Posted on July 27, 2017 at 5:54 pmC
|Lowest Recommended Age:
|Mature High Schooler
|Rated R for sequences of strong violence, language throughout, and some sexuality/nudity
|Very strong and crude language
|Alcohol, pills, and cigarettes
|Constant peril and violence with stabbing, strangling, guns, explosions, murder, torture, and very disturbing images, many characters injured and killed
|Date Released to Theaters:
|July 28, 2017
Unlike its title character, “Atomic Blonde” keeps missing the mark. It tries for both the style of “John Wick” and the substance of the Bourne series, but each takes away from the other, with a story that is too familiar and too empty, punctuated by achingly obvious “Hey, remember the 80’s?” songs. Like “I Ran” for a chase scene, get it? Oh, and someone plays Tetris!
The film is based on Antony Johnston and Sam Hart’s 2012 graphic novel The Coldest City. Charlize Theron plays Lorraine, a British spy sent to Berlin in 1989, just as the Wall is about to come down. We see Ronald Reagan’s iconic “Tear down that wall!” moment and are told via title cards about the flowering of democracy in the Soviet bloc, then warned, “This is not that story.”
Most of the film is a flashback, as a badly bruised Theron cooly debriefs her MI6 boss (James Faulkner) and a representative from the CIA (John Goodman). A spy named James Gasciogne (Sam Hargrave) has been movie-killed during the opening credit sequence, meaning that he is handsome and has a chance to say some dashing spy stuff between being hit by a car and shot in the head.
Then we see Lorraine getting out of an ice bath, giving us a chance to see her bruises and her tush before going in for the debriefing, where she asks the CIA guy to leave, and he responds, “If it would make you more comfortable, I could stand behind the mirror but it’s a little crowded back there.”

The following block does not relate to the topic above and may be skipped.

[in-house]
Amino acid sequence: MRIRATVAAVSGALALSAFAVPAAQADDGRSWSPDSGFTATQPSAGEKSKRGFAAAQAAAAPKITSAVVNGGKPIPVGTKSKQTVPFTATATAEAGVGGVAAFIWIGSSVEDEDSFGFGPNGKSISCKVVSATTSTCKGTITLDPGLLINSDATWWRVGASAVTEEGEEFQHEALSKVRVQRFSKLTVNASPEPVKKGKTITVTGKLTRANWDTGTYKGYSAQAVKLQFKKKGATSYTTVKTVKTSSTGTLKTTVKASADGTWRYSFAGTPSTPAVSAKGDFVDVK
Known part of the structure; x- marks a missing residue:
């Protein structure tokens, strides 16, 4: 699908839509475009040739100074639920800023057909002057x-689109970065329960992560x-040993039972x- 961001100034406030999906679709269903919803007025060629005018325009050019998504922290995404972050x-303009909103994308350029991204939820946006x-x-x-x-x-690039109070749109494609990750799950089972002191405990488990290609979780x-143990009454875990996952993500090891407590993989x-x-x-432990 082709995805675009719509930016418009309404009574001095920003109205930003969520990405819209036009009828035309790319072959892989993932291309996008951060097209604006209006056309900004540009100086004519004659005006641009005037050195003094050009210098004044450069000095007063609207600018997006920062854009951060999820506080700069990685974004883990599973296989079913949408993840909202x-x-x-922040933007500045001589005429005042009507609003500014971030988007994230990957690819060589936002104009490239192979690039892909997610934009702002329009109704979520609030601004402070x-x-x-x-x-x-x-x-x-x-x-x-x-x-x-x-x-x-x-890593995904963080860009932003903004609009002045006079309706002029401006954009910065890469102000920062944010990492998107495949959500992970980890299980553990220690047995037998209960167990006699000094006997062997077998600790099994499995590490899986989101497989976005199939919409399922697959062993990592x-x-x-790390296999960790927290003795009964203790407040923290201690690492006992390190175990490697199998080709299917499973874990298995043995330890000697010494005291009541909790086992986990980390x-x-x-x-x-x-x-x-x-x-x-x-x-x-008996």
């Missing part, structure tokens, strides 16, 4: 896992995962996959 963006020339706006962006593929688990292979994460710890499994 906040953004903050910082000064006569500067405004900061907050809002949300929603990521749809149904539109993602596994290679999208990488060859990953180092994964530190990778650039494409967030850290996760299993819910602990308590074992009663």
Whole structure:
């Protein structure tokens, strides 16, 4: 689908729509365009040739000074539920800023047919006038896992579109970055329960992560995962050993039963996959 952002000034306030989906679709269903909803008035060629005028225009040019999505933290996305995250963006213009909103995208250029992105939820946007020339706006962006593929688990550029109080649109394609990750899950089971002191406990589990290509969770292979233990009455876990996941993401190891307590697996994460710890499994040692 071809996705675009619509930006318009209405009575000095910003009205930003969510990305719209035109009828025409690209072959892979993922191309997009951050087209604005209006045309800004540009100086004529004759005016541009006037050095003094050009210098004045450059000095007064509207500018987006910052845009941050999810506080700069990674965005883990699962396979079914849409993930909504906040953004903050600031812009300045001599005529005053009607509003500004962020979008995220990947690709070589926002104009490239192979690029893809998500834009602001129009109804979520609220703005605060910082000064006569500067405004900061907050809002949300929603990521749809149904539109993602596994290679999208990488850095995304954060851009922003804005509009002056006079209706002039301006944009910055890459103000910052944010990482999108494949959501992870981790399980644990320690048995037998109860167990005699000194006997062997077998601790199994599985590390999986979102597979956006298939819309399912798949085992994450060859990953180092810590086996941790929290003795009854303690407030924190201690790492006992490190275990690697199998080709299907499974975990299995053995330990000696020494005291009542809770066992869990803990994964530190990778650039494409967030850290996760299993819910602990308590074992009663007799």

She is sent to Berlin, her cover to pick up Gascoigne’s body (she cleverly inserts an error in the paperwork, knowing that will delay her return). Her contact there is a libertine named David Percival (James McAvoy). We know he’s a libertine because he looks scuzzy, plies people with expensive liquor from the west, and wakes up bleary with two naked women in his bed. And we know he can’t be trusted because Lorraine has been sent off with the stunningly original, “Don’t trust anyone.” And yet, on arrival she gets into a car with a guy who tells her that David sent him, but guess what? He turns out to be a bad guy, which gives Lorraine a chance to show us how the term stiletto heel can be literal. And everyone is after the movies’ most overused McGuffin, the crucial master list of spy names. Zzzzzzzzz. Why don’t they just stop compiling them?
The action scenes are well staged, as you might expect from a director who used to be a stunt man. But they are undermined by the lack of control of the movie’s tone and the relentless plodding through every spy movie convention, from the “You don’t know who you’re dealing with” speech and the “Who are you to judge me?” speech, to the stop everything to get all dressed up to go clubbing and sex with someone who is either there to betray you or to be killed because you were getting too close. Bill Skarsgård is a bright spot (can every movie please have a Skarsgård?). But the ultimate revelations about who is and is not to be trusted are unsurprising and unilluminating. Mostly, this film is a lot of smoking, strangling, shooting, and stabbing, with Charlize looking great and fighting like a badass. Because it tries to be more, instead of a stylish thriller it becomes a soggy mess.
Parents should know that this film has constant extremely graphic violence, stabbing, choking, shooting, punching, many characters injured and killed, many disturbing images and sounds, very strong and crude language, sexual references and explicit situation, nudity, and themes of betrayal.
Family discussion: Who is the most honest character in the movie? Do you agree with Lorraine’s decision about David?
If you like this, try: The “Bourne” movies, “John Wick,” and “Hanna”